Sternberg’s latest canard—sharing the franchise with the city of Montreal—has not being taken seriously by most observers.  St. Pete Mayor Rick Kriseman did not disguise his disdain for the scheme.  His initial response:
“The Rays cannot explore playing any Major League Baseball games in Montreal or anywhere else for that matter prior to 2028, without reaching a formal memorandum of understanding with the City of St. Petersburg,” Kriseman said. “Ultimately, such a decision is up to me. And I have no intention of bringing this latest idea to our city council to consider. In fact, I believe this is getting a bit silly.”
The City of St. Petersburg continues to investigate whether or not Sternberg violated the terms of his lease agreement which decrees he must get permission to discuss relocation with representatives of other geographical entities.
As for Hagan, he continues to promote Ybor City for a Rays Stadium, despite  the fanciful prospect of sharing a split season with Montreal.  Hagan and Sternberg, at least publicly, are a minority of two in that respect.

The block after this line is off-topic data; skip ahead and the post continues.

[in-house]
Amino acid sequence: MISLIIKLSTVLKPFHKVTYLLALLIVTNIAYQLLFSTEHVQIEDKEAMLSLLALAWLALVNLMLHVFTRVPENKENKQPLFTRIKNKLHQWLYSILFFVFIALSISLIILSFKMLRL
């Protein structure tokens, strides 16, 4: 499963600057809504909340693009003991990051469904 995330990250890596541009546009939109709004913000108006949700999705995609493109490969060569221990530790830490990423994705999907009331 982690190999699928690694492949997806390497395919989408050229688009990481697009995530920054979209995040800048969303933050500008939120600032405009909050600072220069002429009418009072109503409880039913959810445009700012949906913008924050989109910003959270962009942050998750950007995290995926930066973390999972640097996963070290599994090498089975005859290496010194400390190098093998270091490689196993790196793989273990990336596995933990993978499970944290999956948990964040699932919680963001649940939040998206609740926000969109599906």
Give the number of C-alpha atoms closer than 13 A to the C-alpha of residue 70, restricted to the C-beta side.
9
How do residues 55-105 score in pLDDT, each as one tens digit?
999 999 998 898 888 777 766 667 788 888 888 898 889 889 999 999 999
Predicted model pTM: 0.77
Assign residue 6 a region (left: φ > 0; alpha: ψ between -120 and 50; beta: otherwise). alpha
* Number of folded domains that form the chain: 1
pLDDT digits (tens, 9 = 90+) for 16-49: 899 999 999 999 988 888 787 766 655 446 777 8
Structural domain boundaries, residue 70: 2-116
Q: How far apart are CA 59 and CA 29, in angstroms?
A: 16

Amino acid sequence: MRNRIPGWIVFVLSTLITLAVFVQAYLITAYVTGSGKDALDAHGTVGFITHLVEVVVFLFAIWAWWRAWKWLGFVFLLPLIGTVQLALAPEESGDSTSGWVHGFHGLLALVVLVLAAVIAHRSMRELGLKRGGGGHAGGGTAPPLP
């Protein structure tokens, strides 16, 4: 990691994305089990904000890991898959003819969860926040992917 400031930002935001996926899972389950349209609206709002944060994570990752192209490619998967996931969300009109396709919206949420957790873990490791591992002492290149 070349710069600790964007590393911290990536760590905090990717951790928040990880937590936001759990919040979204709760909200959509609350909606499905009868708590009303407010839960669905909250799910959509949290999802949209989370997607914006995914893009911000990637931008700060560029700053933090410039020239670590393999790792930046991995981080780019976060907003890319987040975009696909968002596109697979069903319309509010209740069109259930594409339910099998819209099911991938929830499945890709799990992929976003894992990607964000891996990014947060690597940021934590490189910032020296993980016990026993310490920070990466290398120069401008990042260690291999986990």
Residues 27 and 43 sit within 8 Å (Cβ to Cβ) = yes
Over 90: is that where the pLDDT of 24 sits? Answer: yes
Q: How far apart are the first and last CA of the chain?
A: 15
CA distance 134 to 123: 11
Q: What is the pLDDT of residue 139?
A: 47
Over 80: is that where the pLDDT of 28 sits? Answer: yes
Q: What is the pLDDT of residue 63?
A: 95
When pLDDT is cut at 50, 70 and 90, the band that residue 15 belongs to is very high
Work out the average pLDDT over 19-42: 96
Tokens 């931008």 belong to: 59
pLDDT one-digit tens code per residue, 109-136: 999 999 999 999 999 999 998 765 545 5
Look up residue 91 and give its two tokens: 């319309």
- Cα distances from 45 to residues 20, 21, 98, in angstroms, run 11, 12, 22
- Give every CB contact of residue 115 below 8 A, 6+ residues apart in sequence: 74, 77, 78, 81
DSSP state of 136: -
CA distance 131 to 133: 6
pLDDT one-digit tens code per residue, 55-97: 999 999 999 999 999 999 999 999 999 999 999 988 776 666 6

Meanwhile, in the wake of the Maddox plea deal, federal law enforcement authorities have put Florida politicians on notice that violations of that “sacred trust” will be prosecuted.

Cross Posted with permission from: Tampa Bay Beat

This post is contributed by Tampa Bay Beat. The views and opinions expressed in this post are the author's and do not necessarily reflect those of Bay Post Internet or the publisher.

Sunday, August 11, 2019

Sea Level Rise – Where the real battle will be waged? Part 3


Tampa Bay, Fl 
Opinion by: E. Eugene Webb PhD
Author: In Search of Robin, So You Want to Blog.
It all starts very simply. You live or have your business on the coast. At super-high tide you notice, there is some water in the street. In a year or so the same tide is now up in your yard or over the sidewalk in front of your business.
 Next year, there is some water in your garage, or you show up to open for business, there is about an inch of water on the floor. No real problem you call your insurance company to file a small claim, they pay the claim and 30 days later cancel your insurance. Try as hard as you can you cannot find an insurance carrier will now write you a policy.
 National Flood Insurance Program (NFIP) Note the year of the referenced report: 1992
Source: Sea Level Rise Issues And Potential Management Options For Local Governments 1992

Established in 1968 the program is administered by the Federal Insurance Administration which is component of FEMA.
Real Dangers of Sea Level  Rise - E. Eugene Webb PhD